Dr. Vincent’s men, without missing a beat, engage with P.R. batons the opponent standing in the center of their unholy circle. More than up to the challenge the dark figure greets his first two forward attackers with death spikes to their respective foreheads, then relieving them of their batons he quickly rotates them backwards fending off his attackers from the rear. The ensuing fight is to be vicious, one that Dr. Vincent would like to be a part of, but this is not the time—there is a delivery to be made. Reluctantly, the bad doctor slips out the exit door he knows will allow him to circumvent the swarm of police officers converging on the building in response to the multiplicity of alarms that have just been set off.

THE GUARDIAN TO DATE

Beginning

Like a dream, Empire city at night lays between the world of all that is possible and the danger of such. One can imagine hovering above such a place. Staring at each and every rooftop, loud claps of thunder deafening to the ear, bright flashes of lightning blinding you in an attempt to prevent your from seeing. But your vision will not be denied. You see the black figure running on the ledges of the rooftops through the driving rain. So intent is your focus that you can see his feet land on the ledge of a slightly lower roof. The water splashes from the puddle—an enormous flash of lightning, much greater than the others. And the black figure is gone.

Through the sheets of rain the sign fades in and out. It reads: “MUSEUM OF SCIENCE AND INDUSTRY” but this sign is not welcoming. Rather, it seems to stand guard at the base of the massive steps that lead to the museum’s entrance. And still more lightning flashes cause it to transcend into menace as the white van pulls to a stop.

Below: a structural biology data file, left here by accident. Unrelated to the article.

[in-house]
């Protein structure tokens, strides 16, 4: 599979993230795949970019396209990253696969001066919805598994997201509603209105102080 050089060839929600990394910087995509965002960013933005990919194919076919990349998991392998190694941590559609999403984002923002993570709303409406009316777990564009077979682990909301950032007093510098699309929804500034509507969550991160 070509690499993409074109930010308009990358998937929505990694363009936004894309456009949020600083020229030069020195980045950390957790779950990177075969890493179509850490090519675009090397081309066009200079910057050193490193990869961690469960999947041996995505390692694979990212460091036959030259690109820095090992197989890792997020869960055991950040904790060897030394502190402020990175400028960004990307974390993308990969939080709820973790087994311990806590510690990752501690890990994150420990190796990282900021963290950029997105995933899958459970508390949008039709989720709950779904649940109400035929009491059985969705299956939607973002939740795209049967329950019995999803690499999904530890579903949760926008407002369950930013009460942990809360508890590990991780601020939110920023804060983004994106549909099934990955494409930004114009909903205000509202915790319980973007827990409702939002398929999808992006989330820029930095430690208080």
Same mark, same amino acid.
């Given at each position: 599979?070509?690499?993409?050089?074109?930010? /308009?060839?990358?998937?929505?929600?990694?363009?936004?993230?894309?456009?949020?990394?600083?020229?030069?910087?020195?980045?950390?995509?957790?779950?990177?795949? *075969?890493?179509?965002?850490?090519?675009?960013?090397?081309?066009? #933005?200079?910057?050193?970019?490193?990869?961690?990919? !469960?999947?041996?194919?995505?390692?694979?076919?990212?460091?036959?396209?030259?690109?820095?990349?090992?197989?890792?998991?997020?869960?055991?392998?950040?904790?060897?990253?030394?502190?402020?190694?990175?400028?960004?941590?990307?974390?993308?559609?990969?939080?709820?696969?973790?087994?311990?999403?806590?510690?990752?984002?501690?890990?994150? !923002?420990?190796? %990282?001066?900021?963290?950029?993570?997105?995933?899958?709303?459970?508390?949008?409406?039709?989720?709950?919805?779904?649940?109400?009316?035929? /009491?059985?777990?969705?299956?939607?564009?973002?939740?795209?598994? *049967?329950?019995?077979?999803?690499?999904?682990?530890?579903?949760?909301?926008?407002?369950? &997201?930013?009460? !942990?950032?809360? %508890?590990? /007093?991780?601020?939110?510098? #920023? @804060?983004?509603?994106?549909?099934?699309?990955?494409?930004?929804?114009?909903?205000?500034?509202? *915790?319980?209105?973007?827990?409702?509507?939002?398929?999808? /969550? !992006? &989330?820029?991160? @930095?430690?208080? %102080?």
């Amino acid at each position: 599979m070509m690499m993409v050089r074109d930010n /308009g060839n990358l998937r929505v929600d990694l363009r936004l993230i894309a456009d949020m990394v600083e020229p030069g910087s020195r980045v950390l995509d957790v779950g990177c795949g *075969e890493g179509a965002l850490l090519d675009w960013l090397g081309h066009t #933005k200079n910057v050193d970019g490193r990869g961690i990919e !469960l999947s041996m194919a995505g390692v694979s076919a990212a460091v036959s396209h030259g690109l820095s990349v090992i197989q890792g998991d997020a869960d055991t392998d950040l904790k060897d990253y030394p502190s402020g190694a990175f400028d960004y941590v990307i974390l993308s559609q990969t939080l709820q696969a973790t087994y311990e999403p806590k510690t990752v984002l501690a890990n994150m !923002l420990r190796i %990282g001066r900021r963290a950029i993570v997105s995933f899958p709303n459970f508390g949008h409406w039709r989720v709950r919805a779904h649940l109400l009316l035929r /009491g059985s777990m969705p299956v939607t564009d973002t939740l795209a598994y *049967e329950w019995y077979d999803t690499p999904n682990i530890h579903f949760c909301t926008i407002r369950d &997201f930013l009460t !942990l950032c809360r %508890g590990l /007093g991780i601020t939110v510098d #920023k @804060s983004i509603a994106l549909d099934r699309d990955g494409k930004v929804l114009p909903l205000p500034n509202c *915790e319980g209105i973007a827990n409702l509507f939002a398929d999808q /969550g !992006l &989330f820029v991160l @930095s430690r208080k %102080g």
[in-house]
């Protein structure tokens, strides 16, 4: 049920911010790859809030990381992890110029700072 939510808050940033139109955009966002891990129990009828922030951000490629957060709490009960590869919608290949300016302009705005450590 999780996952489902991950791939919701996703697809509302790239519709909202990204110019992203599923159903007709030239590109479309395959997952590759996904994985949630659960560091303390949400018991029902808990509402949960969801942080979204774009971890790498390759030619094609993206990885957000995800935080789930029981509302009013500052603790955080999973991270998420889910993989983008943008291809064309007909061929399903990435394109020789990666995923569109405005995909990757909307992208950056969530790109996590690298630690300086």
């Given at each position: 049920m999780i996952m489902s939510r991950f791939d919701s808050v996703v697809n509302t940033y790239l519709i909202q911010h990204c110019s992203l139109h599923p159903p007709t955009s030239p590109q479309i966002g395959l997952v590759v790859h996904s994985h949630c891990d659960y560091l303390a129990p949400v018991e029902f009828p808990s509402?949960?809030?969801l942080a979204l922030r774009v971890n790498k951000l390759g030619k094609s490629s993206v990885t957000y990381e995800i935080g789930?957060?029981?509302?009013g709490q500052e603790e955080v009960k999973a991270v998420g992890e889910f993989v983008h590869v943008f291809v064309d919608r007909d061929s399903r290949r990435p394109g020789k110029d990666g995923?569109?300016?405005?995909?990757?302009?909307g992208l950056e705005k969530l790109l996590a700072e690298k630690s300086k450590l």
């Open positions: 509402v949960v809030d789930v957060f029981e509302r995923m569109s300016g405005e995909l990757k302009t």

The rear doors open violently and ten men in white lab coats disembark running up the steps. The hand in the black glove pushes the doorbuzzer repeatedly—impatient. And then there is a dim light through the wet glass and the distinct silhouette of a security guard making his way to the door.

The elderly security guard looks out the door. He strains to see out of the glass, but the water and its refraction of the lightning make it impossible. All that is visible are several figures in white coats.

The old-timer shakes his head, annoyed and somewhat in disbelief. “Lab guys at this hour? What the hell are they thinking?”

The buzz of the doorbell is insistent. And builds to a crescendo congruent to the old-timer’s annoyance. Perhaps it is this state that pauses his thought process. He inserts his pass card into the wall and punches in his code to unlock the heavy wood and glass door.

“Alright, alright, I’m coming. Hold your horses. Everybody’s in a rush these days.”

As the door opens a blast of wind and rain hit him in the face, rendering his spectacles useless. Instinct causes him to take a step back and in an almost continuous motion he removes his glasses, bends over and begins an effort to wipe them dry. While he does so he fails to notice that the dripping wet men in white lab coats have surrounded him.

“Gentlemen, what brings you here so late in the night?” he asks.

“Death,” snarls Dr. Vincent, a powerfully built man of average height. The knife plunges into the guard before the words have fully registered.

On the guard’s face there is a look of horror and disbelief. Now cognitive of what has transpired, but he is dying on the white and black tile floor. Unable to move the old-timer looks into the reflection of his own glasses now just a few feet away. He hears the words, “Take his pass card.” The reflection is of men in white lab coats spray-painting the security cameras and moving toward the elevators. A black boot comes down hard on his spectacles, but it is of no consequence as he has just closed his eyes forever.